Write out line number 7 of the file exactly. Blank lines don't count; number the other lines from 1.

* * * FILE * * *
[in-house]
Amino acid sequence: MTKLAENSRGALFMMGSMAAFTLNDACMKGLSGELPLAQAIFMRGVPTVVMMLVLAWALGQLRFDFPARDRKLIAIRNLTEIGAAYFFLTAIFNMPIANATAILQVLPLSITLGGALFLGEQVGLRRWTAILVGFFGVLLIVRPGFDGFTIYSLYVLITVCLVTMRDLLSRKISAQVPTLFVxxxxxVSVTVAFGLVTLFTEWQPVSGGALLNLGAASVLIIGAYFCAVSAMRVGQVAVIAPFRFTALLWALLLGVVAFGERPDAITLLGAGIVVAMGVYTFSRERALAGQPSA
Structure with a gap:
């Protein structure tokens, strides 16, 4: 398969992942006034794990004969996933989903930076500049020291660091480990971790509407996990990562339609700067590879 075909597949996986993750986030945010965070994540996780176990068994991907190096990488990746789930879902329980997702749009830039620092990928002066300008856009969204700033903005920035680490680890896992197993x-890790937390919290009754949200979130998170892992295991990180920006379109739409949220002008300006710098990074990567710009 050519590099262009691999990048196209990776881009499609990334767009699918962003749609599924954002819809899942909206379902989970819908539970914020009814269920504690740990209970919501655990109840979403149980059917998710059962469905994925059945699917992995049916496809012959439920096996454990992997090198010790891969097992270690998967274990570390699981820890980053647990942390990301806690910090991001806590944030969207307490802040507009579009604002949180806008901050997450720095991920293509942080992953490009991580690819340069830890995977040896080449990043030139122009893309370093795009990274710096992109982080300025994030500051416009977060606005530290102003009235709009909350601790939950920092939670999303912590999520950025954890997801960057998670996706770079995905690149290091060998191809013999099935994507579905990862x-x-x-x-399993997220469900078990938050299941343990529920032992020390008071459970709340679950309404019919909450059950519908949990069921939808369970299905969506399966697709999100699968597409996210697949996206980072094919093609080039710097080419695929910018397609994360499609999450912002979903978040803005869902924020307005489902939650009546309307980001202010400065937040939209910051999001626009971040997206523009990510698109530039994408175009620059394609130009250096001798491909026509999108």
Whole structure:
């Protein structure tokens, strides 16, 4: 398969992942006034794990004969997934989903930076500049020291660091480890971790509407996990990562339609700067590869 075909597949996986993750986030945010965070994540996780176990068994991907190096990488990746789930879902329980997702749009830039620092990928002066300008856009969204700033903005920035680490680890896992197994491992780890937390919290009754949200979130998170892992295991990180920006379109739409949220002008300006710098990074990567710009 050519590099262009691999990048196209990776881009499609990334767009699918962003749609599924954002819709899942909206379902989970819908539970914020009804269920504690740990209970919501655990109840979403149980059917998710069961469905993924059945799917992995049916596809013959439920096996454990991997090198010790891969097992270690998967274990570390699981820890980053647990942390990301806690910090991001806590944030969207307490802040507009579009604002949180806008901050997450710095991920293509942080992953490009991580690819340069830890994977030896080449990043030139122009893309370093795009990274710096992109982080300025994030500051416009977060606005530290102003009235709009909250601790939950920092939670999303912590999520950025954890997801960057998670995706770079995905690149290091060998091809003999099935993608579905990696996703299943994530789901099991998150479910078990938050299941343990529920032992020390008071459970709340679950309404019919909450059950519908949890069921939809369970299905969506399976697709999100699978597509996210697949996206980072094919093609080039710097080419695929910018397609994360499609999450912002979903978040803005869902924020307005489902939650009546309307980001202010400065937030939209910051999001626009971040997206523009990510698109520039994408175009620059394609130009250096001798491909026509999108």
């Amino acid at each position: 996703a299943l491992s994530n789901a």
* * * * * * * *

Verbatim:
């Amino acid at each position: 996703a299943l491992s994530n789901a």